I had the foresight to check a map for visitor parking before I left, and I was able to find a parking spot right across from the Adele H. Stamp Student Union, easy as you please. From the parking lot, it was a short walk back around to the front of the building, where the Jim Henson Statue and Memorial Garden is located. It’s really quite easy to find, not hidden away at all. You can see the sculpture as you approach.

A small plaque is visible on the low wall to the left of the sculpture. The memorial and garden were the idea of the class of 1998, after the 1997 event, “The Muppets Take Maryland” which featured an exhibit and workshops with Cheryl Henson. Some of the other classes from the 1990s helped with funding for the memorial, and the statue and garden were dedicated on September 24, 2003, on what would have been Jim Henson’s 67th birthday. There’s a great deal of making-of photos on the Muppet Wiki’s page about this sculpture.

The bronze statue is 450 pounds of bronze attached to a red granite bench. It was created by Jay Hall Carpenter after a national contest to select an artist and a design.

Here’s a closer look at the detail on the sculpture. It looks like Jim and Kermit are deep in conversation. I think this is just wonderful- I like to think of Jim still having these deep conversations even after his passing beyond the rim. Kermit touching Jim’s wrist is a really nice touch.

Here’s a little bit more of the detail… check out the frog belt buckle on Jim!

Of course since the sculpture is set on a bench, the whole place invites you to sit and join them for a little bit. Please excuse the mask hanging off of my ear; I should have just taken it all the way off for this photograph. (Or asked someone else to take the picture. I’m used to doing it selfie-style.)

Kermit is one of my favorites. I love his optimism in the face of unbridled chaos.

It’s a wonderful tribute to Jim Henson.

Since I was already at the front door of the student union, I decided to peek inside. Their Terrapin mascot is masked but their food court is open. The stadium was visible just past my parking lot, but I was there a few hours before their game against the Penn State Nittany Lions.

Have you ever been to the Jim Henson statue at UMD? Who’s your favorite Muppet?

32/52 (and 11 of 30!)

The United States Air Force Memorial

One night pretty soon after my arrival in Arlington, I saw this giant pointy thing from the passenger seat of a rideshare.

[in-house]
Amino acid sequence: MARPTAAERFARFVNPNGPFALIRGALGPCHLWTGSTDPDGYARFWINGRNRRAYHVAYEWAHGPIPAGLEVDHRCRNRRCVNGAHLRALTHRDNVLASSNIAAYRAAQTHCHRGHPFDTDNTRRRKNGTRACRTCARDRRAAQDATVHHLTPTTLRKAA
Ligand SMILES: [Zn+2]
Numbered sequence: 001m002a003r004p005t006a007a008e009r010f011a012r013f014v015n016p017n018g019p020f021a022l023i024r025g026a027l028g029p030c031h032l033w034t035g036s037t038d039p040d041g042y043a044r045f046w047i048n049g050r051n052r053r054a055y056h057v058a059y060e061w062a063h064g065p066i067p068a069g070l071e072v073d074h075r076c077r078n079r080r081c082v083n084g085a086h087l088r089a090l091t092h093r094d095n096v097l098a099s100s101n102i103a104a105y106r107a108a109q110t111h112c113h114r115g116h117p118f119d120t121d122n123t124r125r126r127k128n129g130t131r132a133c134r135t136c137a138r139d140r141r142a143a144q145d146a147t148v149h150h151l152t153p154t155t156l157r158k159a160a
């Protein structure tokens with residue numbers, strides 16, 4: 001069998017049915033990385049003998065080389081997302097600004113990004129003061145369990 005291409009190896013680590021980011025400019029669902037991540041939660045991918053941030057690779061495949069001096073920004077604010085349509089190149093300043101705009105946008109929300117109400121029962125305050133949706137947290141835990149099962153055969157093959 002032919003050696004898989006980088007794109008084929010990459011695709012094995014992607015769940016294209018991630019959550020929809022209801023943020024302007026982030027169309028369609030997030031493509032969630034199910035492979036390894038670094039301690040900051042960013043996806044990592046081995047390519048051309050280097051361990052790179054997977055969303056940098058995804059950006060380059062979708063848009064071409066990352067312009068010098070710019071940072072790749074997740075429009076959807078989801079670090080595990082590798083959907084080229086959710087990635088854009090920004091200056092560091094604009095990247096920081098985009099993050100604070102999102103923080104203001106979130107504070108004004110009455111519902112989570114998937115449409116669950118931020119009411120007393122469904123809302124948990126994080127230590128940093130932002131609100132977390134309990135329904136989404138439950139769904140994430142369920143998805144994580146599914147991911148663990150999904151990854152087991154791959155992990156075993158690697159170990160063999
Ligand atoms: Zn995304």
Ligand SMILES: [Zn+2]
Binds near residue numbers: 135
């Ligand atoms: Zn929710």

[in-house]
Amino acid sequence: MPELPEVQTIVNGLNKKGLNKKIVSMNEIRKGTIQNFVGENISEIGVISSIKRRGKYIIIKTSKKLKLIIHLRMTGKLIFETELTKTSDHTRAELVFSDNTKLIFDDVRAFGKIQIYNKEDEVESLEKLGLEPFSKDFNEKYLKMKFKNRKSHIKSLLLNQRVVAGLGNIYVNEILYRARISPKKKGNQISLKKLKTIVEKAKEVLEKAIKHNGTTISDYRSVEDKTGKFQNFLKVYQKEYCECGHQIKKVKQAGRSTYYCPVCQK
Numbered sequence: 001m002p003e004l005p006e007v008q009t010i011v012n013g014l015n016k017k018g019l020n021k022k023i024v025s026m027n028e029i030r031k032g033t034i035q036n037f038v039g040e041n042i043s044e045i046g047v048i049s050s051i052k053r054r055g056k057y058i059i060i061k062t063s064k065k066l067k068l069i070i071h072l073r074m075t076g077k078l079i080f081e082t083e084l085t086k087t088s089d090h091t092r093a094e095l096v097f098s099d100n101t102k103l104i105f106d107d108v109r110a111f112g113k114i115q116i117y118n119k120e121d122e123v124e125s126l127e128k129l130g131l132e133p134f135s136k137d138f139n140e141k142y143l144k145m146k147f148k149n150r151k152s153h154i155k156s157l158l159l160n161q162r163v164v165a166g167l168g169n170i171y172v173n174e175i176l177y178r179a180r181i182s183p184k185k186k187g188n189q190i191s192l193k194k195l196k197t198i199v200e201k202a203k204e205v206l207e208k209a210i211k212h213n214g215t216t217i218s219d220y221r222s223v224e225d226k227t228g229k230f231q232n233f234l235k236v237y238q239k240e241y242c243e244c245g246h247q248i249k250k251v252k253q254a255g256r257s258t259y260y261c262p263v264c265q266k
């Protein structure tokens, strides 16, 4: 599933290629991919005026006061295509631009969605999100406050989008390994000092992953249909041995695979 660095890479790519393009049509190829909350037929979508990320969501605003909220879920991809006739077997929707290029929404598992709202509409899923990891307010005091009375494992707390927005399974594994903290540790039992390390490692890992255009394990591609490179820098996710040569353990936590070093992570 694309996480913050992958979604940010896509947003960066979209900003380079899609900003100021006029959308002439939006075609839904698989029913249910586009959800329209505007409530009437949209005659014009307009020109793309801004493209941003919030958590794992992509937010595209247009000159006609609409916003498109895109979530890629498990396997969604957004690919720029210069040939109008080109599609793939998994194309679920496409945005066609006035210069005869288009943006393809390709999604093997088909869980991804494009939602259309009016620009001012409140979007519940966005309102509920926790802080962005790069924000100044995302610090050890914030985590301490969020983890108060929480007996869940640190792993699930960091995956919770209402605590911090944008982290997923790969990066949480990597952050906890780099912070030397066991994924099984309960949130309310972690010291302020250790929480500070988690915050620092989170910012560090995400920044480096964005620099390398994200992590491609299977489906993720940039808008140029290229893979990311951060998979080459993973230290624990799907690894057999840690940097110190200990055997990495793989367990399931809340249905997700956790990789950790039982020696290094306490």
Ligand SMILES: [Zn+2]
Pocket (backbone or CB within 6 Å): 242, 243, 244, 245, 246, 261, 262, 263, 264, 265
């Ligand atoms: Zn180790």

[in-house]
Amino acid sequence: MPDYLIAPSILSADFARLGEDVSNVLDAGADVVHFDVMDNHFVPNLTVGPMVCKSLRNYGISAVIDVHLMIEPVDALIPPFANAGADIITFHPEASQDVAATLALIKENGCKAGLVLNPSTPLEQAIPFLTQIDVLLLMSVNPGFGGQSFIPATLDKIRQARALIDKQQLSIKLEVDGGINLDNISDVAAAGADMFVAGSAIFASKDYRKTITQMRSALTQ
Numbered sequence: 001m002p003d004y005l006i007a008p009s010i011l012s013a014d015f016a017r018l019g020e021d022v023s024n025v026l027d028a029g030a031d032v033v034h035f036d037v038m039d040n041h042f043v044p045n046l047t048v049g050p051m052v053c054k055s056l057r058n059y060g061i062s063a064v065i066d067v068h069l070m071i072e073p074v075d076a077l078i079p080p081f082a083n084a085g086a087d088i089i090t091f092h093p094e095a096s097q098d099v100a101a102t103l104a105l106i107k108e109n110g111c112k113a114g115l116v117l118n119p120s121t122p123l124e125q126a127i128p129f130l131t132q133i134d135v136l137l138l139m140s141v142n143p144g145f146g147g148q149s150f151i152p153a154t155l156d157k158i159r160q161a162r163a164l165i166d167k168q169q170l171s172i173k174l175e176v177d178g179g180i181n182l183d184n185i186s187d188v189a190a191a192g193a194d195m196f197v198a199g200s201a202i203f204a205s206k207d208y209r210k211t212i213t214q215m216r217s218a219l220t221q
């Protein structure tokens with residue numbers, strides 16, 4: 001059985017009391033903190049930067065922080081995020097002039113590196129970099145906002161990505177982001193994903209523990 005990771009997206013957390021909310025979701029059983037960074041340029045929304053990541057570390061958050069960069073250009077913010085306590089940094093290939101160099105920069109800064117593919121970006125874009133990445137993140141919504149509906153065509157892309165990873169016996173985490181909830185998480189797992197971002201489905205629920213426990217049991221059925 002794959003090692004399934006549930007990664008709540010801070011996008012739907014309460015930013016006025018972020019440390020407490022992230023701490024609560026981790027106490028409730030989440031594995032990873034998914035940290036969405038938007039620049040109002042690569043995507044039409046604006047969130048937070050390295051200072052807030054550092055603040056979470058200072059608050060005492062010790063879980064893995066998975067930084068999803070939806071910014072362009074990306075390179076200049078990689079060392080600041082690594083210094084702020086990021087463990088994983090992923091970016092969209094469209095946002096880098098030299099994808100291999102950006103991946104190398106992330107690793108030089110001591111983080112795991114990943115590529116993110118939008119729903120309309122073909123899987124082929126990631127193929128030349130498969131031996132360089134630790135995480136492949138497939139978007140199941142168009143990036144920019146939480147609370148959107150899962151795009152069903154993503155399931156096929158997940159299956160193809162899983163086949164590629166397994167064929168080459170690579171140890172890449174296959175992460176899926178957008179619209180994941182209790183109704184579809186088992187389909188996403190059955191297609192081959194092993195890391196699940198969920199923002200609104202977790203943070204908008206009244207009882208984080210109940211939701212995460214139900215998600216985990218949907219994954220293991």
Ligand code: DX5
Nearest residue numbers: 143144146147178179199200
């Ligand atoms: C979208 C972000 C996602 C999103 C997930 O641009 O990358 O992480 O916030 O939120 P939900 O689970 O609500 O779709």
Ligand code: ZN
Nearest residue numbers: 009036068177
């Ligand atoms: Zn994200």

I had no idea what it was, and the driver of my Lyft didn’t know either, so when I got home I set about looking for it on Google Maps. I knew approximately where I was when I saw the thing, and it was obviously huge so it didn’t take long to figure out that it was the United States Air Force Memorial.

When Lorrie came up for a weekend visit a few weeks later, we noticed signs indicating it was nearby while we were on the way back from a diner. I had been meaning to go check it out, so we decided to stop. I’m glad we did, because the place was pretty neat.

The United States Air Force Memorial is at the east end of Columbia Pike, on the grounds of Fort Myer just south of Arlington National Cemetery. It is a fairly new memorial, relatively speaking- groundbreaking was in 2004 and it was dedicated in October of 2006.

The three metal spires are all different heights between 201 to 270 feet tall. They’re meant to look like the contrails of three jets doing a “bomb burst” maneuver, with the fourth spire missing to suggest a missing man formation.

Near the spires are four 8-foot-tall bronze statues sculpted by Zenos Frudakis, representing the United States Air Force Honor Guard. Across from the spires on the other side is a free-standing glass panel with the image of four F-16s in a missing man formation.

On either side of the spires are large reflective granite walls with various details carved in them. One section lists all the recipients of the Airmen Medal of Honor award, while another section contains comments and quotations from various important Air Force generals and other notables. Near the drive in are large carved inscriptions from Presidents Reagan and Bush.